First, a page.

Come out of shell for turtles
EFFORTS to preserve Bibra Lake’s native turtle population are being ramped up on the eve of nesting season, with the City of Cockburn re-iterating the need to further reduce mortality rates.
The area’s population of threatened southwestern snake-necked turtles has showed signs of slight improvement since a horror 2018, when 13 turtles were killed on Progress Drive in a single night.
Research by Murdoch University PhD student Anthony Santoro found a drastic drop in incidents of nesting females being struck by vehicles, from 15 in 2018-19 to two in 2019-20.
His research also found the number of nesting turtles killed by predators had dropped from 25 to 17 and nests found raided by predators had reduced from 135 to 120.
But Mr Santoro said there was still much work to do and they could not afford to get complacent, especially with nesting season set to run from this month until February.
“These are small but important gains and illustrate how much work we need to do as a community to keep the protection of these ‘near threatened’ amphib
ious reptiles a priority,” he said.
“It’s also worth noting the level of mortality at Bibra Lake is likely to be happening at other Perth wetlands, which makes local survival more vital than ever.”
Mr Santoro said due to the turtles’ long life spans, delayed sexual maturity and
low hatchling survival ( just 15 per cent make it back to their home wetland), it would take at least a decade to see an upward shift in Bibra Lake population numbers. His thoughts were echoed by City of Cockburn environment manager Chris Beaton, who said these efforts needed to be repeated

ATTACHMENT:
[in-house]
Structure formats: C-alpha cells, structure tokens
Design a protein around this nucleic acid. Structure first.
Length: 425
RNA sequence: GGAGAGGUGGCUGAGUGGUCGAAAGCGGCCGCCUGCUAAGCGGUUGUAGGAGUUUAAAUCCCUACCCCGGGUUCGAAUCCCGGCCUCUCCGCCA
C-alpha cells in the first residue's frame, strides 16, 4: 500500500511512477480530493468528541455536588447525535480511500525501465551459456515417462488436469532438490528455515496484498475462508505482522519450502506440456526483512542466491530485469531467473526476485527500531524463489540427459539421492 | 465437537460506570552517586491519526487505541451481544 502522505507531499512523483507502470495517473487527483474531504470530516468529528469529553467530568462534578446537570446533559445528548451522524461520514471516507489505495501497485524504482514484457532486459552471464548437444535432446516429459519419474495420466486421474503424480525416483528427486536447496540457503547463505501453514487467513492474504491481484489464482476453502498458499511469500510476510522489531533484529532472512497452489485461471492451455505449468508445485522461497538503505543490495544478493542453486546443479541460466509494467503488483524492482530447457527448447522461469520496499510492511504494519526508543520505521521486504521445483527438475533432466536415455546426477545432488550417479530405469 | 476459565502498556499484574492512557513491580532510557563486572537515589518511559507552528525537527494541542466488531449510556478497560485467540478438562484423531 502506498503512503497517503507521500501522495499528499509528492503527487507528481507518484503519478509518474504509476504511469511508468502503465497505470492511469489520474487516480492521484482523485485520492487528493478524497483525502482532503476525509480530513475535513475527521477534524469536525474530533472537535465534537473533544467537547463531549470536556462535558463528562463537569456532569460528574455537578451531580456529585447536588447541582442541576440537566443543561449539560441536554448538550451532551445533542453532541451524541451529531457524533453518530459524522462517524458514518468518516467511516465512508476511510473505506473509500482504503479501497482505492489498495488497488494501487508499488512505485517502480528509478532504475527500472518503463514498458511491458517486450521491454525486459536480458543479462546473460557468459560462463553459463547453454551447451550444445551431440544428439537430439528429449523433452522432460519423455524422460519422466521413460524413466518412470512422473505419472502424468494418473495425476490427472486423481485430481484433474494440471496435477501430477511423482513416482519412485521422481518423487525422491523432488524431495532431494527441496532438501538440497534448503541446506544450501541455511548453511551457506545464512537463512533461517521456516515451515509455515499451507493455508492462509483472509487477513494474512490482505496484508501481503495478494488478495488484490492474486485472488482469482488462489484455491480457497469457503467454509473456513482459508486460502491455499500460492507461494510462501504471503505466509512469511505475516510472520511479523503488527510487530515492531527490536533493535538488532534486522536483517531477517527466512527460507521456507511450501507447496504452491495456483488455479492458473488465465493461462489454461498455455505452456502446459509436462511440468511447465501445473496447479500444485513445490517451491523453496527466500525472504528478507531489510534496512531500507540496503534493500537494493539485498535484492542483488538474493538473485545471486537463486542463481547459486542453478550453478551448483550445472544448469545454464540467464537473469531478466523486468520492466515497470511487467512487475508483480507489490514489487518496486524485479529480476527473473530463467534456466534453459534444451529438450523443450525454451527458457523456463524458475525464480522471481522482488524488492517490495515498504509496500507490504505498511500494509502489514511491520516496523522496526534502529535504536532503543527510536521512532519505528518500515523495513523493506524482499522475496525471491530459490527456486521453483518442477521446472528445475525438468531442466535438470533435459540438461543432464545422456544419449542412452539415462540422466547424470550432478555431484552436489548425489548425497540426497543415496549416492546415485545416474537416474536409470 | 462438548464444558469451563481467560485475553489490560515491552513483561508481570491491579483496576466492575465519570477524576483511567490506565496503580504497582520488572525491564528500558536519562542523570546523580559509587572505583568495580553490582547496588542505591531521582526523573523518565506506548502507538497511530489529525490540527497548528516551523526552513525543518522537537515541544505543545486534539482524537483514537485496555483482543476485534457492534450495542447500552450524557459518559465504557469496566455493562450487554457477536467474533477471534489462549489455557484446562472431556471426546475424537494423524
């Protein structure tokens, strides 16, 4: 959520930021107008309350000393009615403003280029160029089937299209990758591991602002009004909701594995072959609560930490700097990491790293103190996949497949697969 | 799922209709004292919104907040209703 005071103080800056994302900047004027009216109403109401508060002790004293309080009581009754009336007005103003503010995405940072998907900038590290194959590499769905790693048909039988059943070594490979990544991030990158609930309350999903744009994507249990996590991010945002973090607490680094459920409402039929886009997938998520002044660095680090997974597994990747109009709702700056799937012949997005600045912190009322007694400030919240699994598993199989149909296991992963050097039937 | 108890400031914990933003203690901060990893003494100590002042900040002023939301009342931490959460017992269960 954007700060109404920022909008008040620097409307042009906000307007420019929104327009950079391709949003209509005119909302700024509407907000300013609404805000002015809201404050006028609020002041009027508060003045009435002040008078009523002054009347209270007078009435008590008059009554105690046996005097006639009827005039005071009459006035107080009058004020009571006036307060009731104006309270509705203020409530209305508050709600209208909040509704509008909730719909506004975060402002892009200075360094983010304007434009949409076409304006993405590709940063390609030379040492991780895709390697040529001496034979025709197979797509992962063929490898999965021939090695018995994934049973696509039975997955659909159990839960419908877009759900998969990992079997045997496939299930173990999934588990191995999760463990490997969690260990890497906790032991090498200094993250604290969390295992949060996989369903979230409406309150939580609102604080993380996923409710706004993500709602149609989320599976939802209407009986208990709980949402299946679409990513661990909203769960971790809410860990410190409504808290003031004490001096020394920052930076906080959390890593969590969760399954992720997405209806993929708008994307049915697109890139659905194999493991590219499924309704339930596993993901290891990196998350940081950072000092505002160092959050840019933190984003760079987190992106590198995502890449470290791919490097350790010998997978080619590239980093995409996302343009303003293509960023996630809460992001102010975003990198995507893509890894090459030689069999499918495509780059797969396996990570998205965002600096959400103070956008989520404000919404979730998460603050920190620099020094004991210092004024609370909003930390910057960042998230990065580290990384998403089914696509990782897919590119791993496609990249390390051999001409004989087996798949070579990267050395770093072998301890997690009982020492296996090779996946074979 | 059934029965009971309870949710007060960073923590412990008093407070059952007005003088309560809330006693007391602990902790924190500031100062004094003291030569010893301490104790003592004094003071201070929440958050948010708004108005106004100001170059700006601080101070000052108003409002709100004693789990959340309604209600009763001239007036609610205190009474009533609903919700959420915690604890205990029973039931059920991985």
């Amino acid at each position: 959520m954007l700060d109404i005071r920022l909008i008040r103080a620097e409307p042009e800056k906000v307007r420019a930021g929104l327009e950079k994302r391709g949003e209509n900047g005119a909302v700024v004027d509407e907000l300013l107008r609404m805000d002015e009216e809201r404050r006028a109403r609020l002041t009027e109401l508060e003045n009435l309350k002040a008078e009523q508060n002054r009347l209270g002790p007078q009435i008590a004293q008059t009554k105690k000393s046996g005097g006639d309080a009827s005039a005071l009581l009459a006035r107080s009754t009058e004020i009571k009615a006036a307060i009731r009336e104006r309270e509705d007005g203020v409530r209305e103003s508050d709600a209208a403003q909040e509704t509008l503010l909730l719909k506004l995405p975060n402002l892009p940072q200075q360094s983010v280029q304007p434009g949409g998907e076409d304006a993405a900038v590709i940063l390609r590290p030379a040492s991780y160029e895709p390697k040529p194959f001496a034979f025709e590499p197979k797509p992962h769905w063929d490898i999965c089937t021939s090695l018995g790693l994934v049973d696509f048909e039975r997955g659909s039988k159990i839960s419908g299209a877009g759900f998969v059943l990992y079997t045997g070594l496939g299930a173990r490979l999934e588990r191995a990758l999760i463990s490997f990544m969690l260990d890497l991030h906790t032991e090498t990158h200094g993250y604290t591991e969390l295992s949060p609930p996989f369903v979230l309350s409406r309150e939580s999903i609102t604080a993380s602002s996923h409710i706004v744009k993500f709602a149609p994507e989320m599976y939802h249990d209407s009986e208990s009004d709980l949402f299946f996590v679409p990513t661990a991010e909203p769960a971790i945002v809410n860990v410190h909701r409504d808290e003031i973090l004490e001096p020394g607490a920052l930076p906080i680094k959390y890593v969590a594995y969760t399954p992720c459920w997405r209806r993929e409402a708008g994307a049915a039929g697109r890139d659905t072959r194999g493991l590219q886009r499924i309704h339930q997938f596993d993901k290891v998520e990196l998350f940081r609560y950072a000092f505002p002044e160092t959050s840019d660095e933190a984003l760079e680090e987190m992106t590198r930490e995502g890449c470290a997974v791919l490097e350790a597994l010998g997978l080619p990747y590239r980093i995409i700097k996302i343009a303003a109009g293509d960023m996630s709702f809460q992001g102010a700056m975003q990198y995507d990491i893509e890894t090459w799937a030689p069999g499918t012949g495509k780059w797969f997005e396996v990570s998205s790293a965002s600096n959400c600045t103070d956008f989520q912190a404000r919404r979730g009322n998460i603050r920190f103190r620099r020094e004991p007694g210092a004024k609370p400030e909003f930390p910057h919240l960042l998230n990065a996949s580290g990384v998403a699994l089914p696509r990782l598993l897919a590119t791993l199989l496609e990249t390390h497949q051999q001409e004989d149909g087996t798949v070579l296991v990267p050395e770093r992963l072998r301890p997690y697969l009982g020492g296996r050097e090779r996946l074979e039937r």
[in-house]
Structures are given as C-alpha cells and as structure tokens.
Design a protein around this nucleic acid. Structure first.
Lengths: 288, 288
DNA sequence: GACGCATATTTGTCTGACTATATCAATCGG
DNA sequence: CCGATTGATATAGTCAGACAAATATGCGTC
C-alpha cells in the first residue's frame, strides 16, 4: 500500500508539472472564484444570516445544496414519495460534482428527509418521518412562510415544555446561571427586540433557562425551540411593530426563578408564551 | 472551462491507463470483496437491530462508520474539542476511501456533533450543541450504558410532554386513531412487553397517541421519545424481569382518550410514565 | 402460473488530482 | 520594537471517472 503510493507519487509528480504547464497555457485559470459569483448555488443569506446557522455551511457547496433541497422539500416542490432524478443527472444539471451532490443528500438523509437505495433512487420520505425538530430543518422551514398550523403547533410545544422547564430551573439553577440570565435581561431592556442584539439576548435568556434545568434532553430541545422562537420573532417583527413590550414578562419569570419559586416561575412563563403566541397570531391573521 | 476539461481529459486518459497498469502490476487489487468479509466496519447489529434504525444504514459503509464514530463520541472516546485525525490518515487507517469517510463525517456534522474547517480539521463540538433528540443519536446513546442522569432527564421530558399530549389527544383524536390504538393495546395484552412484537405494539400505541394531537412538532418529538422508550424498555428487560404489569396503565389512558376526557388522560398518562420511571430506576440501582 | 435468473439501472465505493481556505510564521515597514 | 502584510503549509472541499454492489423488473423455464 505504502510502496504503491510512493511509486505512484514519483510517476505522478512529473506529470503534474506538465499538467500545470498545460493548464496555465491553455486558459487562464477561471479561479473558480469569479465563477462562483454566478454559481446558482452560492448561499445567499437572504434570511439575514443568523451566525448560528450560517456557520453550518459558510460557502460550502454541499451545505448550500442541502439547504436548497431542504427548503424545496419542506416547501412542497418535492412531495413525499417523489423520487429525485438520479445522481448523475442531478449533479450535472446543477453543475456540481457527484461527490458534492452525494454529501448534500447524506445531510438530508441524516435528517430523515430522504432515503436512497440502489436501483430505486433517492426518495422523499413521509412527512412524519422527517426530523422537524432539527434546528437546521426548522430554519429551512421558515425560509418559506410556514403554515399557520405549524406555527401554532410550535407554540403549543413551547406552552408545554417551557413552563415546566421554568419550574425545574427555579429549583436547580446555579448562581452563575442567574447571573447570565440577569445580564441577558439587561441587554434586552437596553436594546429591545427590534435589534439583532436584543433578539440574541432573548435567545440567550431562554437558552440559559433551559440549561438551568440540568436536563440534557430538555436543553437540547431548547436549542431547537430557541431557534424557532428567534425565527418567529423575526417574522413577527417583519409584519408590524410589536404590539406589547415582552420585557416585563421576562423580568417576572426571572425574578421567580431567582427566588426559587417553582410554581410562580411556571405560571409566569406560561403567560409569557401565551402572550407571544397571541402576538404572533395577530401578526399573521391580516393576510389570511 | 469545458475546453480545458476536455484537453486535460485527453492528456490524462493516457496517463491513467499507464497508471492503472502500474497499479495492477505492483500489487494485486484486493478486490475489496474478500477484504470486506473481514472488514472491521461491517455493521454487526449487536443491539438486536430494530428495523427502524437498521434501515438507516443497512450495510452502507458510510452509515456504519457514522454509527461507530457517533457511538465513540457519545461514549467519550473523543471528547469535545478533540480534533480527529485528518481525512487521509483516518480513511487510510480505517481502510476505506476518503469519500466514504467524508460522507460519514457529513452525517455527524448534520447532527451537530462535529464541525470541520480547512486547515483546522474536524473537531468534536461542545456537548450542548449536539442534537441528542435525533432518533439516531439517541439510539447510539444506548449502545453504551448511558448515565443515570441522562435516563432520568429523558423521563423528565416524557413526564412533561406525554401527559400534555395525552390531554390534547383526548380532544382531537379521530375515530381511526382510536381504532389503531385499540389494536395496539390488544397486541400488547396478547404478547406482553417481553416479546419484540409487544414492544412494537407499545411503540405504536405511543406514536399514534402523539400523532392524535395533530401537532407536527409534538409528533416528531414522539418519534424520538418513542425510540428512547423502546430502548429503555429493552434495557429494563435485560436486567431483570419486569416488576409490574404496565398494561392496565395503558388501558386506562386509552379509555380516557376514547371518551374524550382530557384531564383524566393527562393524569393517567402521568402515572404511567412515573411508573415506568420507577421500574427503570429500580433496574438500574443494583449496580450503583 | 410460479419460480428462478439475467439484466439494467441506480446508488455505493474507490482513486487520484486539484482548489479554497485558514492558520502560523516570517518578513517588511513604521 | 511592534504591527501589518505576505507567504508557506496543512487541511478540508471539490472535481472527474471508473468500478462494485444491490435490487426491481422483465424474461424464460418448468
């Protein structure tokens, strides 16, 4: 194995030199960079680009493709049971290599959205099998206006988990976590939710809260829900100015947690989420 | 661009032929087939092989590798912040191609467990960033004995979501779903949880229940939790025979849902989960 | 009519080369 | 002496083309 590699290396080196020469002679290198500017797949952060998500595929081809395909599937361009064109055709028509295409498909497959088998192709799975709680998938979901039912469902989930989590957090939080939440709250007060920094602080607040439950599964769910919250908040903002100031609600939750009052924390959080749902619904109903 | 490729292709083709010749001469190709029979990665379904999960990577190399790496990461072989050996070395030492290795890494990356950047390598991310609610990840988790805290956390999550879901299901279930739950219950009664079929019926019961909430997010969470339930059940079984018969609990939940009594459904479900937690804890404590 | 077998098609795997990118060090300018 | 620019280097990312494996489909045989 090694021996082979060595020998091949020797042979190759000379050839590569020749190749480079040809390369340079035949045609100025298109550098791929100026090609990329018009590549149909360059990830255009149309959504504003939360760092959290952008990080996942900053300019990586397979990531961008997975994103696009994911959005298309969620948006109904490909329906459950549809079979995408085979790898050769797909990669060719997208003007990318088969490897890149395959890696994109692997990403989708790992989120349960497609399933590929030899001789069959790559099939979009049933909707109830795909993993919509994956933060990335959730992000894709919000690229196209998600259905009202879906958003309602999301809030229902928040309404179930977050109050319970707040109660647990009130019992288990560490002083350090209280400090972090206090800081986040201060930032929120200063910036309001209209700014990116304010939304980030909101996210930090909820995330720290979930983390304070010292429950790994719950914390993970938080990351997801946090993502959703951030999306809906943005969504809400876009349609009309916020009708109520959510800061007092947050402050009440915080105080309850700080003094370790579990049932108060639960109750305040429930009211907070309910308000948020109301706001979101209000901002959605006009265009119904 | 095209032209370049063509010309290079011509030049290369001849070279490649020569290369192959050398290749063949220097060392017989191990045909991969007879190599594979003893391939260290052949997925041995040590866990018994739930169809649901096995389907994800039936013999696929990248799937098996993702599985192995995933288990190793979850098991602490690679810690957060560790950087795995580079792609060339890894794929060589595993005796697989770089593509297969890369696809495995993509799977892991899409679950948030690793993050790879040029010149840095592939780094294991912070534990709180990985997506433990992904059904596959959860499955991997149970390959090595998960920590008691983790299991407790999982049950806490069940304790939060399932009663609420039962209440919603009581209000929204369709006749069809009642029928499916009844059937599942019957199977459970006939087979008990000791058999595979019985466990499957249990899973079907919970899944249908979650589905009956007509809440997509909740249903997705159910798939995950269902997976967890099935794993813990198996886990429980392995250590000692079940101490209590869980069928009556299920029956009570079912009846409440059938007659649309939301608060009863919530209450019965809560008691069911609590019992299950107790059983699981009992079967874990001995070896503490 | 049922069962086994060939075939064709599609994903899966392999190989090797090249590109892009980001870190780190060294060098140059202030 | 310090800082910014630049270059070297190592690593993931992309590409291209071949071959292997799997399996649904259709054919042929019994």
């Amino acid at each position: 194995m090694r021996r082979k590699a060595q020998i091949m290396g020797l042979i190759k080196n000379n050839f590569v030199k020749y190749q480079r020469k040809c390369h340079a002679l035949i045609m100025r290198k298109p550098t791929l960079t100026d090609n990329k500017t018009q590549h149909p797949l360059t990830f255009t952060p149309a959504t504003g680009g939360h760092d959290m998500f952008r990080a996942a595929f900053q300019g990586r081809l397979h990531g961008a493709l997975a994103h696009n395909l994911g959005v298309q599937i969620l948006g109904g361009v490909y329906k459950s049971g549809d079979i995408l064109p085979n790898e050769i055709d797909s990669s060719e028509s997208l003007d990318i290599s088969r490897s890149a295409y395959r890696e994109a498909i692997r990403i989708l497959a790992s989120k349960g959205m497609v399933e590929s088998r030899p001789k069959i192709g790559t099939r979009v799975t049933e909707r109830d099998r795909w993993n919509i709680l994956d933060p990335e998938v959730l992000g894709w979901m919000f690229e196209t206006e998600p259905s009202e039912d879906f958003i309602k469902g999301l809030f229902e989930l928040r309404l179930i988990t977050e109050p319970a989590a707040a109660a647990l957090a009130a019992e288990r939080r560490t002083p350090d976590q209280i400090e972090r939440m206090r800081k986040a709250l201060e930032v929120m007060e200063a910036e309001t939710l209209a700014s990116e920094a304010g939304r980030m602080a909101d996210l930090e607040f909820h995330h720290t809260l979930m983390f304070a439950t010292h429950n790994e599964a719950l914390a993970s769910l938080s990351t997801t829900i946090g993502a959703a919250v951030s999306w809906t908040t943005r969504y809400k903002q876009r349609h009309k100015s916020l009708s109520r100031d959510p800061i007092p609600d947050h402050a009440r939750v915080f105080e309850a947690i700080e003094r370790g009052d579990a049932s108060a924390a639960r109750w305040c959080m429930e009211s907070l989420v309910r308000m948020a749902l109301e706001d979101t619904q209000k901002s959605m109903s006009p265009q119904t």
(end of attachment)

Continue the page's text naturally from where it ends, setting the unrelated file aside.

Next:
if the turtle population was to survive and thrive longterm.
“Ongoing research by Mr Santoro has shown marginal improvements in the survival of nesting female turtles, their nests and hopefully their hatchlings over the past two years,” he said.
“But to see lasting results,
we need to stay on the ball for the foreseeable future and bring the community with us in these efforts.”
One of the reasons for the improvement over the past year can be put down to a dedicated group of ‘Turtle Trackers’, volunteers who helped protect nests and eggs.
Mr Santoro helped establish the citizen science program, which has about 30 volunteers and in the past year identified 25 nests around Bibra Lake.
Those nests were protected by cages installed by project partners Native ARC and The Wetlands Centre Cockburn to provide protection for nesting females and their eggs from predators.
Mr Santoro estimated about 50 per cent of these protected eggs hatched, with about 25 hatchlings successfully making their way to the lake.
“Once the hatchlings make it to the water, I think they have a decent shot at making it to reproductive age,” he said.
“This is why it’s very important the community join us in protecting as many of the nesting females and their nests as possible.”
The City of Cockburn is helping further protect nesting turtles with training for new volunteer Turtle Trackers, increased feral animal control in the area, improved fencing, ongoing traffic education along Progress Drive, wildlife cameras around Bibra Lake and GPS trackers to aid research movements.
To become a Turtle Tracker, visit the City of Cockburn website.
Vicky Hartill, Anthony Santoro and Rachel Pearsall with Tommy the turtle in Bibra Lake and inset, a juvenile southwestern snake-necked turtle, which is only the size of a 50c coin when born.